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SpiderwortsPosted Thursday, May 3, 2012, at 8:54 AM
The incredible giant cells of spiderwort stamen hairs -- visible with the naked eye. Photo by Steven Foster
There are 30 species in the genus Tradescantia, from North America, named for John Tradescant, gardener to Charles I of England. They hybridize readily, and most spiderworts in horticulture are hybrids. Along our roadsides, Tradescantia ohiensis, Ohio spiderwort is the common species.
Look very closely at the flowers and notice that the filaments of the stamens have hairs, up to ½ in. long. Look even closer, and be amazed.
Stamen hairs consist of an elongated chain of twenty to thirty-five cells -- cells so large that they can actually be seen by the naked eye (if you're young), and easily seen with a 10x or 20x magnifying glass.
This interesting garden perennial has a number of laboratory and educational uses. The beginning botany student may well have used the root tips or pollen grains to study chromosome structures. Compared with other plants, spiderworts have a relatively low number of large chromosomes, making them useful in biological test systems.
The spiderwort was chosen as a passenger of the first United States biosatellite sent up in the late 1960s to explore effects of weightlessness on living organisms. As early as 1950, spiderworts were used to indicate the effects of radiation on living organisms. In certain clones of spiderwort, the normally blue stamen hair cells turn pink when exposed to chemical or radiological mutagens.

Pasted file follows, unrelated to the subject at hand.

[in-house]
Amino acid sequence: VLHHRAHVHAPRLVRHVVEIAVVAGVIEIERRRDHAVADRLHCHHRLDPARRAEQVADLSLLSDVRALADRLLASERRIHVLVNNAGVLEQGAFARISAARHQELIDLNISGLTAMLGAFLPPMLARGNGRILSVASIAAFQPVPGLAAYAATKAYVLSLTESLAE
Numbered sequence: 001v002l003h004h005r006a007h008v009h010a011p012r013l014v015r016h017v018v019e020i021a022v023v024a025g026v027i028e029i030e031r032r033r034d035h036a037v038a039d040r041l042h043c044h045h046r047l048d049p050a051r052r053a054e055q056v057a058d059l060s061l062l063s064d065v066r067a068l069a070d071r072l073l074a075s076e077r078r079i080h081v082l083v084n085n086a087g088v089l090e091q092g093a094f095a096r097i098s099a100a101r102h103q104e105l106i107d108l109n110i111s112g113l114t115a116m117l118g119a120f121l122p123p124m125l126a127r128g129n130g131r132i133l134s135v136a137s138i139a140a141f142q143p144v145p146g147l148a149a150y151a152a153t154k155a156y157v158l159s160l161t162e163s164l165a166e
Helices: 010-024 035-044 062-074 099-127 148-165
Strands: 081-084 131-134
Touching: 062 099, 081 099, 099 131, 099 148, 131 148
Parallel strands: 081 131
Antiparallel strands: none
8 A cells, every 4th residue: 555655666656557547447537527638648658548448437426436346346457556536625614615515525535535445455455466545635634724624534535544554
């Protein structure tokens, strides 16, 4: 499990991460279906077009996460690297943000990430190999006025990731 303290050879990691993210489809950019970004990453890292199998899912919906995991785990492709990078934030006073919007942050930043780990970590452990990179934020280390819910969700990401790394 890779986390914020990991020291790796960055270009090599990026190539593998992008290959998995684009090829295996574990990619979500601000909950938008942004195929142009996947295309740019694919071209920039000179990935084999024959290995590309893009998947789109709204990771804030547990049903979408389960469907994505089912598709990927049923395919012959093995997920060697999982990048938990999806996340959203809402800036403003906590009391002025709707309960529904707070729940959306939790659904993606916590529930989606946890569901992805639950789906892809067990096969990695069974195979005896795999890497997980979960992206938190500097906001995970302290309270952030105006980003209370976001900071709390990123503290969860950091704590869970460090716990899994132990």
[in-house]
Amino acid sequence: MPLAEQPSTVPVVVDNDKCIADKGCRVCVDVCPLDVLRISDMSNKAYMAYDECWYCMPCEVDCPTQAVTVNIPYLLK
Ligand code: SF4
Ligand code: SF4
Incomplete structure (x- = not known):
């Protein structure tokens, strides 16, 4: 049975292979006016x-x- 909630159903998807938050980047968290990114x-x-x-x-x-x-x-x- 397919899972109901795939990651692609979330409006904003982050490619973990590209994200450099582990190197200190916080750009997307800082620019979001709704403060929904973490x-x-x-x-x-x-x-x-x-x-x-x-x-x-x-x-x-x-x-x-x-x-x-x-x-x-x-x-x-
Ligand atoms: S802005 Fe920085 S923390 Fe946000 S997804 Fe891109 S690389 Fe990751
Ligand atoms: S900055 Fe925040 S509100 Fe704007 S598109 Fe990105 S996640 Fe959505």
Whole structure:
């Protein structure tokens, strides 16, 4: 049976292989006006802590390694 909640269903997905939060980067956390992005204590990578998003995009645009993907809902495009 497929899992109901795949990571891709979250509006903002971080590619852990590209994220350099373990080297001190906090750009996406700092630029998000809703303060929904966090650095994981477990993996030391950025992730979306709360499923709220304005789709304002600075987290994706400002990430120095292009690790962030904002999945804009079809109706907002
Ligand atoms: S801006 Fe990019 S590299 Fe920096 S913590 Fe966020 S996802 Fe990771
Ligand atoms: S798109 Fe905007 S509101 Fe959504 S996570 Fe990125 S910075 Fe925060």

How does the spiderwort's built-in Geiger counter work? The spiderwort clones possess a dominant gene for blue and a recessive gene for pink. On exposure to even minute levels of radiation or chemical mutagens, a mutation may occur, causing the loss of the dominant blue gene which shows up as a pink mutated cell. Pink cells appear eight to 18 days after exposure to the mutagen. The same kind of somatic (body cell) mutation in humans from short-term exposure to low levels of radiation, might only be detected after several decades.
For the gardener, the best thing about spiderworts is that they thrive on neglect which even a botanist can't kill.
Steven Foster is a world renowned botanical photographer. He has published many books, including 2 for National Geographic
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